EIKRE firstname.lastname@example.org_county.toronto.globe_and_mail 2006-06-15 published
LOWERY/LOWREY/LOWRIE/LOWRY, Gladys Caroline
By Keith LOWERY/LOWREY/LOWRIE/LOWRY and Rob LOWERY/LOWREY/LOWRIE/LOWRY, Page A20
Wife, grandmother, certified grapho-analyst. Born on November 28, 1915, in Penzance, Saskatchewan. Died on December 23 in Toronto, of Alzheimer's disease, aged 90.
Like a Norse hero, Gladys overcame adversity throughout her life with will, wit and courage. Her determination to survive difficult times and to share the warmth of her kitchen and weave it all into a compelling story became hallmarks of her life.
The early years were not easy for Gladys, the surviving child of Norwegian immigrants Arne and Borghilde (BERTHA) EIKRE. Widowed early, Bertha moved in 1923 from Saskatchewan to Toronto, where she took jobs in several households. Bertha's diamond ring went in and out of hock to balance the razor-thin cash flows.
When the founder of Regal Stationery visited Toronto's Eastern Commerce school to recruit a secretary, 16-year-old Gladys was eager to be his first employee; a full-time job in 1932 was more valuable than waiting for graduation. Within months, she assumed all the administrative duties and soon supervised other employees. Today, she would have been on the fast track to senior management but times were different then.
In 1934, Gladys accepted a blind date with "the most handsome man I had ever seen." William James LOWERY/LOWREY/LOWRIE/LOWRY was a farm boy from Rodney, Ontario, recently let go from Ontario Hydro because scarce Depression-era jobs were reserved for married men with dependants. Two years later, she married Bill and they moved to the family farm, a challenging transition for a Toronto girl. But she earned acceptance and respect from Bill's mother. The couple later settled in Saint Thomas, Ontario, when Bill found employment with the post office (and later became postmaster).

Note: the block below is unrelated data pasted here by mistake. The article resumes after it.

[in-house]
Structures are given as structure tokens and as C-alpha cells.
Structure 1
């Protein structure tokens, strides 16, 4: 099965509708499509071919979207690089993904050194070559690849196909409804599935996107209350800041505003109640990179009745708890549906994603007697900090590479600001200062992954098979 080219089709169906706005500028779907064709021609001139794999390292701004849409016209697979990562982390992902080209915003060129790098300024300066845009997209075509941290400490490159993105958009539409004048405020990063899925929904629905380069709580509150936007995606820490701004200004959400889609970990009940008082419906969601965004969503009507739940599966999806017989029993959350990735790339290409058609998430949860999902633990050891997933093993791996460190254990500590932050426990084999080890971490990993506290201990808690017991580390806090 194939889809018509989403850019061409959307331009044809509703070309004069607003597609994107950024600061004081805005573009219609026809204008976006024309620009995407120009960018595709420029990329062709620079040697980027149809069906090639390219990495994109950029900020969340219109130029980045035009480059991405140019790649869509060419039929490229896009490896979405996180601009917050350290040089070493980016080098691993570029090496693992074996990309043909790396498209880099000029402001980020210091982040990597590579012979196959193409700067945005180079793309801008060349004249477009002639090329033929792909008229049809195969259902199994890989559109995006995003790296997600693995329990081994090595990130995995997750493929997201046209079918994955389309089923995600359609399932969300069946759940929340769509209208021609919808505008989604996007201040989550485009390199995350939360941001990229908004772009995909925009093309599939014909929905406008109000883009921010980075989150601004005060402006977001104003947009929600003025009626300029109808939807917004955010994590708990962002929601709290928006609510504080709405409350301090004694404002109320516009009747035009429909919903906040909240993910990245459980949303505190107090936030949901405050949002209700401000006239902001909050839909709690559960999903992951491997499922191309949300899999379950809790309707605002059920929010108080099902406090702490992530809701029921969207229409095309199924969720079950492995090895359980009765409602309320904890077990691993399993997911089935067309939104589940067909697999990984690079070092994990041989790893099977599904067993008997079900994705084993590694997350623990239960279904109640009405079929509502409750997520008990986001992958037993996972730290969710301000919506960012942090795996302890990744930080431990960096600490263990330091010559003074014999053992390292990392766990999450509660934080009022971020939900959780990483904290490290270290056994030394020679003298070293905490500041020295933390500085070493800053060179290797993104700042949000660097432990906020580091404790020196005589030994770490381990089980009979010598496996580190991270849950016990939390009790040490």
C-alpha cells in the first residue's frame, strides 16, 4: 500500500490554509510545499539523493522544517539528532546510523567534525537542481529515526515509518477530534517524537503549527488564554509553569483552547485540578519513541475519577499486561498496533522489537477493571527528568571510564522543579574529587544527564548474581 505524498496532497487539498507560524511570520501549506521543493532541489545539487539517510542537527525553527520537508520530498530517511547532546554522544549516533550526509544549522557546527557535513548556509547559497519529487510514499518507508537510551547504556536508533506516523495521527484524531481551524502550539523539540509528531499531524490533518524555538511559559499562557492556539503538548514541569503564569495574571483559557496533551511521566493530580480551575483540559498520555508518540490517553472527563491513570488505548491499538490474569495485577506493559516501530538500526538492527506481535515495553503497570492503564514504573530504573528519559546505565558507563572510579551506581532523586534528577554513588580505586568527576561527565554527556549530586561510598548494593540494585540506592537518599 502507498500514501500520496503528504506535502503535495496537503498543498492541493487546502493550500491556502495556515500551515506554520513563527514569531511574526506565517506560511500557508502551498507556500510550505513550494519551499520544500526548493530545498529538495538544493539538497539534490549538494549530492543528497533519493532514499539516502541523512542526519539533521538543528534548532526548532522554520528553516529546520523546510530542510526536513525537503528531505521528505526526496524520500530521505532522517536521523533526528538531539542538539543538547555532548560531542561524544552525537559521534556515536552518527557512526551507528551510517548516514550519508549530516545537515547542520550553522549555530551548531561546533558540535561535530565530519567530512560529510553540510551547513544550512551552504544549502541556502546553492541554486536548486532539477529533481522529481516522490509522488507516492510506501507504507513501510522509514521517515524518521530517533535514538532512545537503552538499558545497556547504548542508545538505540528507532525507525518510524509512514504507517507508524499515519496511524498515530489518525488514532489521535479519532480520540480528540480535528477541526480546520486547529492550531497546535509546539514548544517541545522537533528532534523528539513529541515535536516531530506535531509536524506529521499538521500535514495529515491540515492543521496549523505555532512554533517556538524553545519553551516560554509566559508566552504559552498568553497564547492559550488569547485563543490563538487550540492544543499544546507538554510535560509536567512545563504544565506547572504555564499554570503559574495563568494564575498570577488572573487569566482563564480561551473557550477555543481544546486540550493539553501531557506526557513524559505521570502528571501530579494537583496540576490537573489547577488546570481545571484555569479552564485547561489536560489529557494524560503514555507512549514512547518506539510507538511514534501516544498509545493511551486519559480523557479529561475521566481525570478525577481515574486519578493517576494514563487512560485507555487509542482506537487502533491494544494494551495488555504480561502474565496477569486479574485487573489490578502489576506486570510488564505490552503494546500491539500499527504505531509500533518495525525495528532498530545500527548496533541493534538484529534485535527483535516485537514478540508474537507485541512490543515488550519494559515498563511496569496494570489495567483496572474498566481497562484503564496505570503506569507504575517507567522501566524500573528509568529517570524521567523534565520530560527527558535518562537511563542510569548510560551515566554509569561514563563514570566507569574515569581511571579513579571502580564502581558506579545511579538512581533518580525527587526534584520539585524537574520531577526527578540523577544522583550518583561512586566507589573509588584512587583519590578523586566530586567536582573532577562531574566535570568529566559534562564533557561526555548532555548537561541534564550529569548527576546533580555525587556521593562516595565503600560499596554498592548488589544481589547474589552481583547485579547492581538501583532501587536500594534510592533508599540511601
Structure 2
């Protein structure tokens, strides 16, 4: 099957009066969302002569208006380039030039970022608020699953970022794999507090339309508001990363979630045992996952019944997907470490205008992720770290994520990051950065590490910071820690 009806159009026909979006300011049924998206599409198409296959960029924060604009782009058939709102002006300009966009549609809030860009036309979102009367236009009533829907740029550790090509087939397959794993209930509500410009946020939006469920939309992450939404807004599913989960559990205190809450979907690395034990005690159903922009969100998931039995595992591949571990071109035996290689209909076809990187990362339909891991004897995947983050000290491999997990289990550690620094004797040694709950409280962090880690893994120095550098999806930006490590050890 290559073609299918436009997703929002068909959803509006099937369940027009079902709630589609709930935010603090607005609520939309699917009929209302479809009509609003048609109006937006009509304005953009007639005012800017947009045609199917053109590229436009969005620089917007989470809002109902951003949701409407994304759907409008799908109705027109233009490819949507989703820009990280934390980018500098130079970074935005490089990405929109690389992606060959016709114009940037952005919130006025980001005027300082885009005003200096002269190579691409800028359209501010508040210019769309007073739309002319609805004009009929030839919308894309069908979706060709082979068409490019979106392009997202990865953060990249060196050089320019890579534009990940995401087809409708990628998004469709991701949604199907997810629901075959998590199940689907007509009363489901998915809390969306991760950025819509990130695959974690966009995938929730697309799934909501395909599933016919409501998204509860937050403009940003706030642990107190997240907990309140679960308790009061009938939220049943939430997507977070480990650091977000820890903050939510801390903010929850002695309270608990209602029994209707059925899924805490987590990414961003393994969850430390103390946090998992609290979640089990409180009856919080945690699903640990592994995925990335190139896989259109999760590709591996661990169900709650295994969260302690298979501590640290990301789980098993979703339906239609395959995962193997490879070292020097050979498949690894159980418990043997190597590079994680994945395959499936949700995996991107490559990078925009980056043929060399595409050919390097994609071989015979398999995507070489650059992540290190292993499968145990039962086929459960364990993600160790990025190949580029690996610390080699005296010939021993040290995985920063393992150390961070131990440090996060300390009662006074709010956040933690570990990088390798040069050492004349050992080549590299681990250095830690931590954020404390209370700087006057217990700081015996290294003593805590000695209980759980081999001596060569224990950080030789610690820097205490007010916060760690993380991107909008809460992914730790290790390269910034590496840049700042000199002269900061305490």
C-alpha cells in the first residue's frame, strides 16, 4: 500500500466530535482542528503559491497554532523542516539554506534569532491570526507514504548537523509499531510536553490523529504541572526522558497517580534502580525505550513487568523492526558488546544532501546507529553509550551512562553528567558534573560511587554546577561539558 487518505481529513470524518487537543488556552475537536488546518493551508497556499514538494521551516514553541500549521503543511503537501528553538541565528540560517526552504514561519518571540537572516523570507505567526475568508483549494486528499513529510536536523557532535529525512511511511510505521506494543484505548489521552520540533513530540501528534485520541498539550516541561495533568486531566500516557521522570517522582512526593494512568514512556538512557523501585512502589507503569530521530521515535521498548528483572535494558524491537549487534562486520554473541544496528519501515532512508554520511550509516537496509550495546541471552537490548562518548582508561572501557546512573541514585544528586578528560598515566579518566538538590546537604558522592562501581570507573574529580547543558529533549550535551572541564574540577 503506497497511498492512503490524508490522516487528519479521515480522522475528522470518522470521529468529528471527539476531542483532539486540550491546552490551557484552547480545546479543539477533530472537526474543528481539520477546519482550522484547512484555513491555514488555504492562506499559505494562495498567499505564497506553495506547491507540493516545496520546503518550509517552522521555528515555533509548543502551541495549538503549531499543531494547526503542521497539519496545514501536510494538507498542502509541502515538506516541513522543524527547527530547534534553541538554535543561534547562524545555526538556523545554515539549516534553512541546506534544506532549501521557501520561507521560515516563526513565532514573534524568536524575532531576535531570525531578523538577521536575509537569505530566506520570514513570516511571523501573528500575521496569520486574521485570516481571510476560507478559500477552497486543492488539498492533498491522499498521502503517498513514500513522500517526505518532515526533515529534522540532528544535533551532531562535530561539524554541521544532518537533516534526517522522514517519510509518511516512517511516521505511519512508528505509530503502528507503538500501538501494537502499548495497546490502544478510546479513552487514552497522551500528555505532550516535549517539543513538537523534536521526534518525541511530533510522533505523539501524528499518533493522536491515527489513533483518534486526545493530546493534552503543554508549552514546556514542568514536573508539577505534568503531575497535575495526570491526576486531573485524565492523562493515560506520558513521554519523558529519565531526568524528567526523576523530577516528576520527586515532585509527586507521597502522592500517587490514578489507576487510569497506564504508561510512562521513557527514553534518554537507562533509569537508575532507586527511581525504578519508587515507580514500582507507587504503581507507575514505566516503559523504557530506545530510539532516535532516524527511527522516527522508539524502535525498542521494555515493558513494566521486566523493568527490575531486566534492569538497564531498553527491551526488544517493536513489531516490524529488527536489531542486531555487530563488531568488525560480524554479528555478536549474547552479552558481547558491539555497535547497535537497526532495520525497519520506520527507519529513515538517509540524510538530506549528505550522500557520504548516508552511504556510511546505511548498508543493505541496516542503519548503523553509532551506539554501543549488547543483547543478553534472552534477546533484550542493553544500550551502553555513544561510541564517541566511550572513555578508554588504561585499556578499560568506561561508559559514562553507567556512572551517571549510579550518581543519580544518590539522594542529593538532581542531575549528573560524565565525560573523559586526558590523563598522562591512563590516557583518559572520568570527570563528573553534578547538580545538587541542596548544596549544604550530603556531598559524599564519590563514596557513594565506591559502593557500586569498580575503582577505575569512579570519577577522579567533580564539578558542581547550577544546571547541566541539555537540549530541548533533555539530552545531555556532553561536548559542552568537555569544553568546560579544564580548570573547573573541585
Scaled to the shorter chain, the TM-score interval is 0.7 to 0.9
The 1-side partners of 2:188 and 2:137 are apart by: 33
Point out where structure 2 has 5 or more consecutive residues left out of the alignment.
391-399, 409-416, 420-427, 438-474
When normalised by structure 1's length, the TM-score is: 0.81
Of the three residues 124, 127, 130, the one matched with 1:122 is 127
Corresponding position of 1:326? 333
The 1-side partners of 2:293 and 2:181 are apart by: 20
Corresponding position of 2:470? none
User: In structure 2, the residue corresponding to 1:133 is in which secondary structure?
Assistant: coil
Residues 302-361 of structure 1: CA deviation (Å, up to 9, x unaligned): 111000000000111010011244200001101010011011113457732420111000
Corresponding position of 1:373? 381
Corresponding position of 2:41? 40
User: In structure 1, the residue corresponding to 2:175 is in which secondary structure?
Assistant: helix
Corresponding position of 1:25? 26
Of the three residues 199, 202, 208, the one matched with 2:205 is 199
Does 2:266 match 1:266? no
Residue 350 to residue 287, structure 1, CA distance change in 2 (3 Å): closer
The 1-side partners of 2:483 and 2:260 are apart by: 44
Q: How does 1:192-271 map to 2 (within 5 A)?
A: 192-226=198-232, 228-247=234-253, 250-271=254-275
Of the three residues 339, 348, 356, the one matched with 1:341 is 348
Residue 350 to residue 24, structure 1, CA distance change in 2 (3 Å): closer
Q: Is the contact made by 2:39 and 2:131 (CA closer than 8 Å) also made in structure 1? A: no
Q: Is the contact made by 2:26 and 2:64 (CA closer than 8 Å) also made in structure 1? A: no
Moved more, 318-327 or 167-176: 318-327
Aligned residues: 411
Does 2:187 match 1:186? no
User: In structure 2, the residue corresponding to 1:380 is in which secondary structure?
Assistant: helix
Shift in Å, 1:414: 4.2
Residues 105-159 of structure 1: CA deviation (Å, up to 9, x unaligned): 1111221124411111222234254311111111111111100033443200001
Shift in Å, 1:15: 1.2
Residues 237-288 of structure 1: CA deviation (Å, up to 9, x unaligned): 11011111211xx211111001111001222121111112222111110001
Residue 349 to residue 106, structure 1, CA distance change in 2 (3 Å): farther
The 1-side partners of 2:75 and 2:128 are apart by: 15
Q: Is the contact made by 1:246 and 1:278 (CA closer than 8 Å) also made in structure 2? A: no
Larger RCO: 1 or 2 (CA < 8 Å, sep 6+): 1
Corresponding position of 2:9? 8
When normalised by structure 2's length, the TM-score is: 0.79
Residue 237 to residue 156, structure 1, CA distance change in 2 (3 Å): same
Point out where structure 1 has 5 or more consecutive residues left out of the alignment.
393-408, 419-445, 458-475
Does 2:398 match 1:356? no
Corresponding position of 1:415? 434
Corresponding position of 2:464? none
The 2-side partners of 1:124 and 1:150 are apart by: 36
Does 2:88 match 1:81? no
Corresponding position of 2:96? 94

Throughout the Second World War, their Regent Street home was never locked, so that young pilots and aircrew training at nearby airfields could come and go as they needed. Many returned in the '50s and '60s to thank Aunt Gladys and Father William.
Although their first child, Carol, died as an infant, Gladys found strength, and raised sons Keith and Robert. She also found time to lead the girls' club at the church and coach baseball. On special occasions, Gladys would pen several lines of doggerel tailored to a person, gift or date.
Through home study, both Gladys and Bill became grapho-analysts, able to diagnose character and personality traits from handwriting. Gladys gave presentations to community groups and at international conferences. Her skills served local employers selecting staff, lawyers working with clients, and police investigating crimes. She also analyzed notes from girlfriends, teachers and supervisors to provide her sons with clandestine insight into the characters of these people.
After Bill retired, they rediscovered square dancing, and travelled to jamborees across Canada. They were good neighbours to everyone, proud of their sons' academic, career and family achievements, and adored their four grandchildren -- but they never met their two great-grandchildren.
Bill's first heart attack in 1978 was followed by several more, draining his strength and confidence. Gladys was always there to care for her love with never a shortage of conversation. After Dad died in 1991, we discovered that Mom's dementia had been masked by daily routine. Moving her out of our family home was very emotional, and soon led to retirement homes in Toronto.
After 14 years apart, Mom and Dad were back together for Christmas and their 70th wedding anniversary. Undoubtedly, they had lots to talk about.
Keith and Rob are Gladys's sons.
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